I'd be remiss without mentioning the human trophies included, which are ripped straight from the first few victims Bad Blood claims in the New Jersey Pine Barrens. The decapitated heads hook onto his belt rather easily, and do give Bad Blood a bit more attitude. There's even a stray dreadlock in the package, which one person rips off the Predator at some point during the story. It's tiny, and probably didn't need to be part of the package, but it's a nice touch for fans of the comic story to appreciate.



Part of what made the comic story so interesting at the time was it was one of the earliest examples we saw of Predators fighting each other. We got a glimpse that there was a strong lineage at the end of Predator 2, but the Bad Blood storyline was really one of the first instances where fans got to see what happened when two Predators faced off. The Enforcer Predator (sculpted by Chris Gawrych) is responsible for tracking down the rogue, and putting an end to his homicidal ways. Say what you will about the Predators being killers, but for all intents and purposes, they've always had a code. Not so with the Bad Blood.

Anyway, the Enforcer isn't quite as ornate as his foe, but still has a cool aesthetic. His helmet is one of the largest we've seen on a Pred, which helps give the more basic figure a bit more personality. Like Bad Blood, the paint app is a bit flat (again, on purpose), making both stand out when side-by-side with other Predators from NECA's collection. That kind of distinction shows just how much attention the company is paying to keeping the line fresh, while also keeping in line with the source material.


Dark Horse Comics


Where Bad Blood was a bit more ritualistic and primal in his armor, Enforcer looks and feels much more futuristic and alien. You get a better sense of the technology the Predators use thanks to the cybernetic-looking shoulder armor and trademark canon. In execution, the Enforcer's armor doesn't have as much of a real metallic sheen as it appears to have in the comic. However, you do get a sense that there's a big difference between his armor and the Bad Blood's leather-like outfitting.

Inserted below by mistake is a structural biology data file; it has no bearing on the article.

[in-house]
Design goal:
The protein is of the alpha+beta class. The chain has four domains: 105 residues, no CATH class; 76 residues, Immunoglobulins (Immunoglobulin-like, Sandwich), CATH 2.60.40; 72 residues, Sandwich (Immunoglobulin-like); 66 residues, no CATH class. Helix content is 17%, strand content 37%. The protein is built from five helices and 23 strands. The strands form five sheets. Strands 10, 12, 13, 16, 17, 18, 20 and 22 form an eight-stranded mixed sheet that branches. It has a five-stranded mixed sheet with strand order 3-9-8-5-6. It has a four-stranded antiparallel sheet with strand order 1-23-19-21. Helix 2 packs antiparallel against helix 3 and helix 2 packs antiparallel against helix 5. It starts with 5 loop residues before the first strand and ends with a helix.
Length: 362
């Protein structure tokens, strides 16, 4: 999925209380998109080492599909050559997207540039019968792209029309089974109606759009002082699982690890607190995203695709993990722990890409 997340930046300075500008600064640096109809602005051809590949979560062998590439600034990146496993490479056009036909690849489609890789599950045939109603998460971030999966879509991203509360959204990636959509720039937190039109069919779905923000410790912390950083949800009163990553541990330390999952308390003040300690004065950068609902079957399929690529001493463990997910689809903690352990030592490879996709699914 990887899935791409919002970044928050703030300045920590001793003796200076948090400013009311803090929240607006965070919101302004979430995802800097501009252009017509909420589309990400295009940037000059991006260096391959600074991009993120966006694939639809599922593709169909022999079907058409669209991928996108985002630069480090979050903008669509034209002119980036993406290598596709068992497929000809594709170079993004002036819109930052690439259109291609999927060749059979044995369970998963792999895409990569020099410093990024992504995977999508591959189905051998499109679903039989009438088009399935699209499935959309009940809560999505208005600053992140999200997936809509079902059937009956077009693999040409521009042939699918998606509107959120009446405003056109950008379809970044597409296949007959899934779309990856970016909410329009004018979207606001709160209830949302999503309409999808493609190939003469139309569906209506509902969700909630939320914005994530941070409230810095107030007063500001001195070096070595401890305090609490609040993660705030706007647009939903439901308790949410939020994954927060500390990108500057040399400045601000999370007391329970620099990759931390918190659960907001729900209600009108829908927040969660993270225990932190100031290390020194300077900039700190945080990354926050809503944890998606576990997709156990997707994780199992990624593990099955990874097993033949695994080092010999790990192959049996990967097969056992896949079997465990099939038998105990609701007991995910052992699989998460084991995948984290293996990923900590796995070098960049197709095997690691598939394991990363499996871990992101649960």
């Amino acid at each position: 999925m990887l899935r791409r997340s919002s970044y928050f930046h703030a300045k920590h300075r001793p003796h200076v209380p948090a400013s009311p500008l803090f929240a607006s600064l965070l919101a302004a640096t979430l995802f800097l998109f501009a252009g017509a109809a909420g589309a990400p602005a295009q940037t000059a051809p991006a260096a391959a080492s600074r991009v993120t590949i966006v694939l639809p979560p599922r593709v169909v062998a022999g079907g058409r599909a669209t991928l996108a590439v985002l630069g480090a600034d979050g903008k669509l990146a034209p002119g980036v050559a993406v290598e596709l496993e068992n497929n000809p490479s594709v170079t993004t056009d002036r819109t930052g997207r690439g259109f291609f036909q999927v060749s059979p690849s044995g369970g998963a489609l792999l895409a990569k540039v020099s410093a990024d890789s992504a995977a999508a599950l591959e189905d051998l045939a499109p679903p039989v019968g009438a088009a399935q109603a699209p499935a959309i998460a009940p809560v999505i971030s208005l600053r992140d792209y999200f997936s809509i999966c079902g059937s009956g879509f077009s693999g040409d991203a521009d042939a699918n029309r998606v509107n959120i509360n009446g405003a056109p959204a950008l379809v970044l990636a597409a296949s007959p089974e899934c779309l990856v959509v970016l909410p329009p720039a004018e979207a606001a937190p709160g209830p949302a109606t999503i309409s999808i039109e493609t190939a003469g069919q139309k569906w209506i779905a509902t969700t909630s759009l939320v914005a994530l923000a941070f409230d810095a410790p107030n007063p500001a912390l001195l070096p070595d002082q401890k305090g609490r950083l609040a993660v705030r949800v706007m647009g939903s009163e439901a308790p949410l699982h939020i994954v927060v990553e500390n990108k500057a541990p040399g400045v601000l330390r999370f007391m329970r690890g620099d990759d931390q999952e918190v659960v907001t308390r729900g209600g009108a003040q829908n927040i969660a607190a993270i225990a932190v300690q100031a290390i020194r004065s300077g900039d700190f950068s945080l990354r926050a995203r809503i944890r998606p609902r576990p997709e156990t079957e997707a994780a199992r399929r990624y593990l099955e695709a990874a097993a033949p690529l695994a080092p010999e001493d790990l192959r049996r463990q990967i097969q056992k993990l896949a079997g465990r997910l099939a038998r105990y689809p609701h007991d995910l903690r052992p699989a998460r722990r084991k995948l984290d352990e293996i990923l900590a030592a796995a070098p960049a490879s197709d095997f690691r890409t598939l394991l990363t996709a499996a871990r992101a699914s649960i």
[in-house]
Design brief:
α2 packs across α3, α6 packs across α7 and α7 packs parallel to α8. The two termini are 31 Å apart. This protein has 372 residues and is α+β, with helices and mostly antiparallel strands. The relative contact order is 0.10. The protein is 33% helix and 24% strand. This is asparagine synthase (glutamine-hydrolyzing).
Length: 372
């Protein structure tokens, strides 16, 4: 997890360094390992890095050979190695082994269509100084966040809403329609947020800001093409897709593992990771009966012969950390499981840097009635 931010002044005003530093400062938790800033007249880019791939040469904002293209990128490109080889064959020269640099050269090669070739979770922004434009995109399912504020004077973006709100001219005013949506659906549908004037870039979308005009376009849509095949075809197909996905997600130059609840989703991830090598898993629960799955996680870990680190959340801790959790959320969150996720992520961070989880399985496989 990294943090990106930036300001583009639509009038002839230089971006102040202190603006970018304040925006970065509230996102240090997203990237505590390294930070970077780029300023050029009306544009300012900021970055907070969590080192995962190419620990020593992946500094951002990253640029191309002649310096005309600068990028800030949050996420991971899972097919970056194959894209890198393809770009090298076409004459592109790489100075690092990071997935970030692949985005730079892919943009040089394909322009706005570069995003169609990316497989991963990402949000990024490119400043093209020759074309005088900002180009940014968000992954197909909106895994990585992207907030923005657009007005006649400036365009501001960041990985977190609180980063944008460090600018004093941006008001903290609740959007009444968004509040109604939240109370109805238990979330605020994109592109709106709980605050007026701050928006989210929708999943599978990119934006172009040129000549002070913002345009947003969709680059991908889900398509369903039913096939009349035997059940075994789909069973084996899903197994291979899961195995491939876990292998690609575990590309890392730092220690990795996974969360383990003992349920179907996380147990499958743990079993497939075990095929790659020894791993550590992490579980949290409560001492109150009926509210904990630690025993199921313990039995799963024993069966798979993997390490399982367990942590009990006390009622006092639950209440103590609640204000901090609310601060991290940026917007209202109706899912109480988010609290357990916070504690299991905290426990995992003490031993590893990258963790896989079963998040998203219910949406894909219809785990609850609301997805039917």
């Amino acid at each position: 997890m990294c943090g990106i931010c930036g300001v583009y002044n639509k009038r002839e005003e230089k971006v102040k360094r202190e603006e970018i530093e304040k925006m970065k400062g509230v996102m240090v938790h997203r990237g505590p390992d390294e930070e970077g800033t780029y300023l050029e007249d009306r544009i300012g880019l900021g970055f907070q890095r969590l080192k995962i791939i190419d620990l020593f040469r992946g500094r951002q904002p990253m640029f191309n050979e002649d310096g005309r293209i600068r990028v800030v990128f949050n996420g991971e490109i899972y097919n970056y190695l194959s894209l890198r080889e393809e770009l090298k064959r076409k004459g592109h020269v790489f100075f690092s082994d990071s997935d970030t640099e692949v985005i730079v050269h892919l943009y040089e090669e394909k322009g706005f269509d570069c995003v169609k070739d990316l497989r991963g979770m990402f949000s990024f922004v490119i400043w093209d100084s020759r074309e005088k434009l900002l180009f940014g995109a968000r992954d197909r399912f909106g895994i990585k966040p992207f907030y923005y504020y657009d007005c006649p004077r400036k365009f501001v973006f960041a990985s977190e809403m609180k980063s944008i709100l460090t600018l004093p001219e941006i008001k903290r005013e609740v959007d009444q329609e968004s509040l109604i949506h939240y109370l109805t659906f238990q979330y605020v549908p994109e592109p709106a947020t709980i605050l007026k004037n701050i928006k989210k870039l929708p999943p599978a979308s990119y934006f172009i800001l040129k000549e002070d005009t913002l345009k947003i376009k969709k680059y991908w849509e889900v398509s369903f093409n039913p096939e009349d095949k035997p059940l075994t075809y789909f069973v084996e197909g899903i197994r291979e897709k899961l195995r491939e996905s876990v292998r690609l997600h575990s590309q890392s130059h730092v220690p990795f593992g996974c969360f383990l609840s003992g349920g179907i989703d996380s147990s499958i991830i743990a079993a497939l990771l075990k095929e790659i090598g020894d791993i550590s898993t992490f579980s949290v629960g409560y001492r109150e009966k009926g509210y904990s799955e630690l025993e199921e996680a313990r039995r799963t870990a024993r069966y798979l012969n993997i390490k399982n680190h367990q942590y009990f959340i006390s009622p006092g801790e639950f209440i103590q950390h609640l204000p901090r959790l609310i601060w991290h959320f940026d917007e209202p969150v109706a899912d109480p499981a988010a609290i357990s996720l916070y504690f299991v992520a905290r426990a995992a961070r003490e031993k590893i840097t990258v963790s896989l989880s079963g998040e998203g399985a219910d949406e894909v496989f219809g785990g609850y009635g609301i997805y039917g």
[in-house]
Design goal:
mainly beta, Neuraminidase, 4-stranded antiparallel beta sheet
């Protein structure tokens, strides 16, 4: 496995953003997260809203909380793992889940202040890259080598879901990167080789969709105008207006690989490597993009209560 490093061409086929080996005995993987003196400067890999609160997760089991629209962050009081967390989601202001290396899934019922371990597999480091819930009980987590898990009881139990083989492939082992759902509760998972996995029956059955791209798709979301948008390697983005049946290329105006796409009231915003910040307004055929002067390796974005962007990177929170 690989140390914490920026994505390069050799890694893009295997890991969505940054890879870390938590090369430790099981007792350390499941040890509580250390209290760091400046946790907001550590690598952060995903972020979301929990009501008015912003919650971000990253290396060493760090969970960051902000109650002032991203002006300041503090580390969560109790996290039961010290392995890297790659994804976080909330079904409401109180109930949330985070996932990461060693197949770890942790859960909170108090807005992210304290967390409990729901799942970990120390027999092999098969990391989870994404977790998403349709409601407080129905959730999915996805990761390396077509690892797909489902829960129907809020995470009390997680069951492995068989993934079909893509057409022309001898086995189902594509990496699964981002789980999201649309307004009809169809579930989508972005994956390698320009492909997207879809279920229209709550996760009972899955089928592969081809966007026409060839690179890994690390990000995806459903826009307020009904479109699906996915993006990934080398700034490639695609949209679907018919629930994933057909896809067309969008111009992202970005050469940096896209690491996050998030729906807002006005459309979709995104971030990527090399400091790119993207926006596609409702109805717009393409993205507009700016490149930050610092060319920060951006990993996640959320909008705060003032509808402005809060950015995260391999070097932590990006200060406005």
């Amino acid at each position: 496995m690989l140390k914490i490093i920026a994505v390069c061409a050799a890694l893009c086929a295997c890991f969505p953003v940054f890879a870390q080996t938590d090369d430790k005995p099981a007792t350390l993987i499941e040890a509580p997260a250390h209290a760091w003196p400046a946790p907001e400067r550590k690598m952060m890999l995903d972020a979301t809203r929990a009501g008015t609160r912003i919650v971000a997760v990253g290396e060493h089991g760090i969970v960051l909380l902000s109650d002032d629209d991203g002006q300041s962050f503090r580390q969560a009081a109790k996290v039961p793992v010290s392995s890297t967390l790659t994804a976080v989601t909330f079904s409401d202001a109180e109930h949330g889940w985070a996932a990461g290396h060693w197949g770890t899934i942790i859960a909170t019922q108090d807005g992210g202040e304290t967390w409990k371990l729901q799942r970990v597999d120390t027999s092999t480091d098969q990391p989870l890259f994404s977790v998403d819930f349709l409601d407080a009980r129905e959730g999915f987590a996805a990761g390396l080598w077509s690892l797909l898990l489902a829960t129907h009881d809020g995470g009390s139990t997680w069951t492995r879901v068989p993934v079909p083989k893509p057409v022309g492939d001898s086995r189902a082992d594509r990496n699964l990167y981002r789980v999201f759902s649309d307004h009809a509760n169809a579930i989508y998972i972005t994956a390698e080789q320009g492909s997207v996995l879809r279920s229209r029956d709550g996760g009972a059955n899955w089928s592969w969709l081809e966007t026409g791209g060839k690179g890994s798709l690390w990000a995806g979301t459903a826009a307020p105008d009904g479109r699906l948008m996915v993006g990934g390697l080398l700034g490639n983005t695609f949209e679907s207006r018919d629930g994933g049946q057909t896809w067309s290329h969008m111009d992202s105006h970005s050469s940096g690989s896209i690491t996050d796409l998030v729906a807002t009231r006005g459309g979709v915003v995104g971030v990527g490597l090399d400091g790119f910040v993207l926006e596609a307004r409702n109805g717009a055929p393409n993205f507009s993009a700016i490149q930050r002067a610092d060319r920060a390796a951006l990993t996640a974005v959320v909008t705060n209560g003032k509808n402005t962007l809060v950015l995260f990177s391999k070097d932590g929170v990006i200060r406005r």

None of NECA's movie-based Predators include removable helmets, so it's not surprising the Enforcer doesn't either. He's actually only without it in the comic for a short time, so it's not really that big a deal. He's got the same 20+ points of articulation as most of the rest of the line, as well as the big spear and the traditional glaive, but aside from a few very specific comic details, there really isn't much else to set the Enforcer apart. He serves as a nice counterpoint to complete the Bad Blood set, but there are definitely cooler Predators available if you're not a completionist.

It was great to see NECA delve into Predator lore outside of the films, and Bad Blood himself is truly one of the most impressive Preds the company's made. Despite not being as well known as the Jungle Hunter or City Hunter from the films, the Bad Blood Predator definitely stands out way more on a shelf. Though the Enforcer is solid, it's not quite on the same level, and isn't quite as memorable. It's hard to believe such cool figures could come from a story about Predators that overrun a paintball facility currently being run by an ex-CIA operative in New Jersey. The '90s sure were weird, man.

You can find the Bad Blood Predator on NECA's eBay store for $24.99. The Enforcer Predator is available at Big Bad Toy Store for $17.99. You can check out Predator: Bad Blood from Dark Horse Digital for $5.99. These figures were purchased for review.

Luke Brown is the Editor-in-Chief of You can follow him on Twitter @MLukeBrown.